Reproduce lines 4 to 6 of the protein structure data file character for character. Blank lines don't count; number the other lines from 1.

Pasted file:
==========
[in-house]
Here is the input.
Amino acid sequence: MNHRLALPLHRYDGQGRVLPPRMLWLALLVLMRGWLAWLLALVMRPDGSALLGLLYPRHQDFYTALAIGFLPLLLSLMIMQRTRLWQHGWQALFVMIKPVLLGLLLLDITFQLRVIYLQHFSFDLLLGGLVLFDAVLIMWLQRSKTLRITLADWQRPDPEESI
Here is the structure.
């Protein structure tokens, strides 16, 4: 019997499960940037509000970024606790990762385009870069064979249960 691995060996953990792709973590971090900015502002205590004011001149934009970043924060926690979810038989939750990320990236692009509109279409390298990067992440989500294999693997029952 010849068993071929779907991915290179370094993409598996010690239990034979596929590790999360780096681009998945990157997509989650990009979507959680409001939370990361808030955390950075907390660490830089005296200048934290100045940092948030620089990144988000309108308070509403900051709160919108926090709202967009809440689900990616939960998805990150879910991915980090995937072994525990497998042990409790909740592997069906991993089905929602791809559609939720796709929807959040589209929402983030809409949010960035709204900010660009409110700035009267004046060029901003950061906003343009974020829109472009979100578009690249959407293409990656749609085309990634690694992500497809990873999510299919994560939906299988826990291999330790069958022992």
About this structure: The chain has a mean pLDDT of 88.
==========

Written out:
Here is the structure.
């Protein structure tokens, strides 16, 4: 019997499960940037509000970024606790990762385009870069064979249960 691995060996953990792709973590971090900015502002205590004011001149934009970043924060926690979810038989939750990320990236692009509109279409390298990067992440989500294999693997029952 010849068993071929779907991915290179370094993409598996010690239990034979596929590790999360780096681009998945990157997509989650990009979507959680409001939370990361808030955390950075907390660490830089005296200048934290100045940092948030620089990144988000309108308070509403900051709160919108926090709202967009809440689900990616939960998805990150879910991915980090995937072994525990497998042990409790909740592997069906991993089905929602791809559609939720796709929807959040589209929402983030809409949010960035709204900010660009409110700035009267004046060029901003950061906003343009974020829109472009979100578009690249959407293409990656749609085309990634690694992500497809990873999510299919994560939906299988826990291999330790069958022992």
About this structure: The chain has a mean pLDDT of 88.